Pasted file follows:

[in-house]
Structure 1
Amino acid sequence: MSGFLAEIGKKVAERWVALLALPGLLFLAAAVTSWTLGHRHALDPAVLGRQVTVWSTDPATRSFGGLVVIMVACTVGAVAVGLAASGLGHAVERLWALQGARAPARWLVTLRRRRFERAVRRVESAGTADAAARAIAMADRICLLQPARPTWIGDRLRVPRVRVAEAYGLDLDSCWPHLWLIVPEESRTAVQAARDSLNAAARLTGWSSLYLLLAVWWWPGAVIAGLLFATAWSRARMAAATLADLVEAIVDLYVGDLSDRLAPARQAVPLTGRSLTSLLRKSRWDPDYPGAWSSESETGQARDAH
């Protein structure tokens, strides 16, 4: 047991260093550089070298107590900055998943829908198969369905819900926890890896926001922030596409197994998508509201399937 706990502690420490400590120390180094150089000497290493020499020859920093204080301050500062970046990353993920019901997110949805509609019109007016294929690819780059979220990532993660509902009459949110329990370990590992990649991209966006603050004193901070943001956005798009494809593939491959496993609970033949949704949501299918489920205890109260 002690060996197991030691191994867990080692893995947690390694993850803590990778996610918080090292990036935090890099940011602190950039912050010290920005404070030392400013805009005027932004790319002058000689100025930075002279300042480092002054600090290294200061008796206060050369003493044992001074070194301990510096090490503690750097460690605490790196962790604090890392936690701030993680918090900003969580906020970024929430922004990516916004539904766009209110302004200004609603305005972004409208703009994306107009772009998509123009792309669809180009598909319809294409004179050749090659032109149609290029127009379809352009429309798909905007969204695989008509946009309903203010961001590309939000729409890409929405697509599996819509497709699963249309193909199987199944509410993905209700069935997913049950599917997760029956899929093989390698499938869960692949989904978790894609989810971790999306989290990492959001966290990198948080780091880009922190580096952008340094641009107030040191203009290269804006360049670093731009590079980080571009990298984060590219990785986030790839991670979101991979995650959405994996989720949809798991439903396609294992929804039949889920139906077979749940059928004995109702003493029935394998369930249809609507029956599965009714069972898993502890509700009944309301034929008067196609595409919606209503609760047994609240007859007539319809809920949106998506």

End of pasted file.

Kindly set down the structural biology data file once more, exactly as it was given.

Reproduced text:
[in-house]
Structure 1
Amino acid sequence: MSGFLAEIGKKVAERWVALLALPGLLFLAAAVTSWTLGHRHALDPAVLGRQVTVWSTDPATRSFGGLVVIMVACTVGAVAVGLAASGLGHAVERLWALQGARAPARWLVTLRRRRFERAVRRVESAGTADAAARAIAMADRICLLQPARPTWIGDRLRVPRVRVAEAYGLDLDSCWPHLWLIVPEESRTAVQAARDSLNAAARLTGWSSLYLLLAVWWWPGAVIAGLLFATAWSRARMAAATLADLVEAIVDLYVGDLSDRLAPARQAVPLTGRSLTSLLRKSRWDPDYPGAWSSESETGQARDAH
């Protein structure tokens, strides 16, 4: 047991260093550089070298107590900055998943829908198969369905819900926890890896926001922030596409197994998508509201399937 706990502690420490400590120390180094150089000497290493020499020859920093204080301050500062970046990353993920019901997110949805509609019109007016294929690819780059979220990532993660509902009459949110329990370990590992990649991209966006603050004193901070943001956005798009494809593939491959496993609970033949949704949501299918489920205890109260 002690060996197991030691191994867990080692893995947690390694993850803590990778996610918080090292990036935090890099940011602190950039912050010290920005404070030392400013805009005027932004790319002058000689100025930075002279300042480092002054600090290294200061008796206060050369003493044992001074070194301990510096090490503690750097460690605490790196962790604090890392936690701030993680918090900003969580906020970024929430922004990516916004539904766009209110302004200004609603305005972004409208703009994306107009772009998509123009792309669809180009598909319809294409004179050749090659032109149609290029127009379809352009429309798909905007969204695989008509946009309903203010961001590309939000729409890409929405697509599996819509497709699963249309193909199987199944509410993905209700069935997913049950599917997760029956899929093989390698499938869960692949989904978790894609989810971790999306989290990492959001966290990198948080780091880009922190580096952008340094641009107030040191203009290269804006360049670093731009590079980080571009990298984060590219990785986030790839991670979101991979995650959405994996989720949809798991439903396609294992929804039949889920139906077979749940059928004995109702003493029935394998369930249809609507029956599965009714069972898993502890509700009944309301034929008067196609595409919606209503609760047994609240007859007539319809809920949106998506």